property of a phenomenon, body, or substance, where the property has a magnitude that can be expressed as a number and a reference
NOTE 1 The generic concept 'quantity' can be divided into several levels of specific concepts, as shown in the following table. The left hand side of the table shows specific concepts under 'quantity'. These are generic concepts for the individual quantities in the right hand.
radius of circle A, rA or r(A)
wavelength of the sodium D radiation, λD or λ(D; Na)
kinetic energy, T
kinetic energy of particle i in a given system, Ti
heat of vaporization of sample i of water, Qi
electric charge, Q
electric charge of the proton, e
electric resistance, R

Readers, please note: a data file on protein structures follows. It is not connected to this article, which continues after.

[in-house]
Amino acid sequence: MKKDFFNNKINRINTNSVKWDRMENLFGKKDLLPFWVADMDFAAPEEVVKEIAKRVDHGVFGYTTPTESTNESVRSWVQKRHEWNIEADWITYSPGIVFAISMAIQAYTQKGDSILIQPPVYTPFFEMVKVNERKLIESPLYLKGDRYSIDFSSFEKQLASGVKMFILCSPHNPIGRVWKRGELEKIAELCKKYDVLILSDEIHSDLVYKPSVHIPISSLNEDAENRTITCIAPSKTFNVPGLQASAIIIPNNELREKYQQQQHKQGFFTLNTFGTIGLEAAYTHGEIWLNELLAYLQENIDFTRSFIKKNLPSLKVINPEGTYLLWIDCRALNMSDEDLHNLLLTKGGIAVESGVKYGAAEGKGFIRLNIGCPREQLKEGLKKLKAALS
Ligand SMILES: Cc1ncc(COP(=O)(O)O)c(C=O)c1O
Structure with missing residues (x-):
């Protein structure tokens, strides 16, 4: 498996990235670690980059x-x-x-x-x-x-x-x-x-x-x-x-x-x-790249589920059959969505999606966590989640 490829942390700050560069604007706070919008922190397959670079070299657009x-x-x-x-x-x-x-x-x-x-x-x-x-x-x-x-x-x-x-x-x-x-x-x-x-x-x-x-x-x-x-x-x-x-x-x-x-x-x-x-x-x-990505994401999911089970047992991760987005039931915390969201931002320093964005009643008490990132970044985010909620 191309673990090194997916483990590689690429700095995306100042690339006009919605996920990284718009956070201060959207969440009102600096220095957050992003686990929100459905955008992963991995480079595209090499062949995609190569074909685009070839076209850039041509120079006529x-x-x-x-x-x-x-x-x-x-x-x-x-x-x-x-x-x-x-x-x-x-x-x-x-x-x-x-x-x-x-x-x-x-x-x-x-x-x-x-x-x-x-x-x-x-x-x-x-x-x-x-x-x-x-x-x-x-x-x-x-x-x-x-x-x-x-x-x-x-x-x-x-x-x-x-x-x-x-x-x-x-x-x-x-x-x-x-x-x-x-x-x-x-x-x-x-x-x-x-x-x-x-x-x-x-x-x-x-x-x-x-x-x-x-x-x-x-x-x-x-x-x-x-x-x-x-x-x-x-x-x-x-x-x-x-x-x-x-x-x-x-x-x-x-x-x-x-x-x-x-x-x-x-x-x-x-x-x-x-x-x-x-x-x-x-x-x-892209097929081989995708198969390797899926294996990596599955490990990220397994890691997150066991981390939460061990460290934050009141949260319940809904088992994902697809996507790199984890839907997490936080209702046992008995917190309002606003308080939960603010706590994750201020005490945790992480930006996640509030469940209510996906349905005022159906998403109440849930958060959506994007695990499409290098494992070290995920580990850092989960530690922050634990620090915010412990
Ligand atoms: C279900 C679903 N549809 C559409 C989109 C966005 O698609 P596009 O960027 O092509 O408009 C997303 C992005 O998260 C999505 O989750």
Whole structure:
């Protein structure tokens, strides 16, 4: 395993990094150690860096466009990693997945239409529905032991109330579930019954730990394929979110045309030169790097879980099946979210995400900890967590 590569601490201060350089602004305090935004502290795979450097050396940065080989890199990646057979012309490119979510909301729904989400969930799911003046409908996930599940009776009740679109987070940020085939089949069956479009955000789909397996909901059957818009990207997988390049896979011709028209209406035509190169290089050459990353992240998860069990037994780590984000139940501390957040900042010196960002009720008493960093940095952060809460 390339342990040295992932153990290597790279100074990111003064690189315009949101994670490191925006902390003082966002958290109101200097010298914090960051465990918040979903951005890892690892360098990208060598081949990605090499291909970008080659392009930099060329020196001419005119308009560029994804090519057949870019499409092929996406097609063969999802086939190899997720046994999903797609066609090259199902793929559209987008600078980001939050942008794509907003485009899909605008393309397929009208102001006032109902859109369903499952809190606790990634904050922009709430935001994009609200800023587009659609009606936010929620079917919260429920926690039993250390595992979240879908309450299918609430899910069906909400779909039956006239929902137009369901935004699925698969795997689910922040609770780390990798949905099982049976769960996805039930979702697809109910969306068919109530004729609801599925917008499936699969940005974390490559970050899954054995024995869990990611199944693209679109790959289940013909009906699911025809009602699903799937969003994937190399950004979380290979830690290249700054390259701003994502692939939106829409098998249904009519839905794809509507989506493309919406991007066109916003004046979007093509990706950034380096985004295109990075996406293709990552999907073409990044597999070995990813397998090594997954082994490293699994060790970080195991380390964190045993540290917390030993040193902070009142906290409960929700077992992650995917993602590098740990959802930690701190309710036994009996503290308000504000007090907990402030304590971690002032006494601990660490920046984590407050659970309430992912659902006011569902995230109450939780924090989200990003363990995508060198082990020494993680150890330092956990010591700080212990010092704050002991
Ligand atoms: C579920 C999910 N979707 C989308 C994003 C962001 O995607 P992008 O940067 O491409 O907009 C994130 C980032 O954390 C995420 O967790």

electric resistance of resistor i in a given circuit, Ri
amount-of-substance concentration of entity B, cB
amount-of-substance concentration of ethanol in wine sample i, ci(C2H5OH)
number concentration of entity B, CB
number concentration of erythrocytes in blood sample i, C(Erys; Bi)
Rockwell C hardness, HRC
Rockwell C hardness of steel sample i, HRCi
NOTE 3 Symbols for quantities are given in the ISO 80000 and IEC 80000 series Quantities and units. The symbols for quantities are written in italics. A given symbol can indicate different quantities.
NOTE 4 The preferred IUPAC-IFCC format for designations of quantities in laboratory medicine is “System—Component; kind-of-quantity”.
EXAMPLE “Plasma (Blood)-Sodium ion; amount-of-substance concentration equal to 143 mmol/l in a given person at a given time”.
NOTE 5 A quantity as defined here is a scalar. However, a vector or a tensor, the components of which are quantities, is also considered to be a quantity.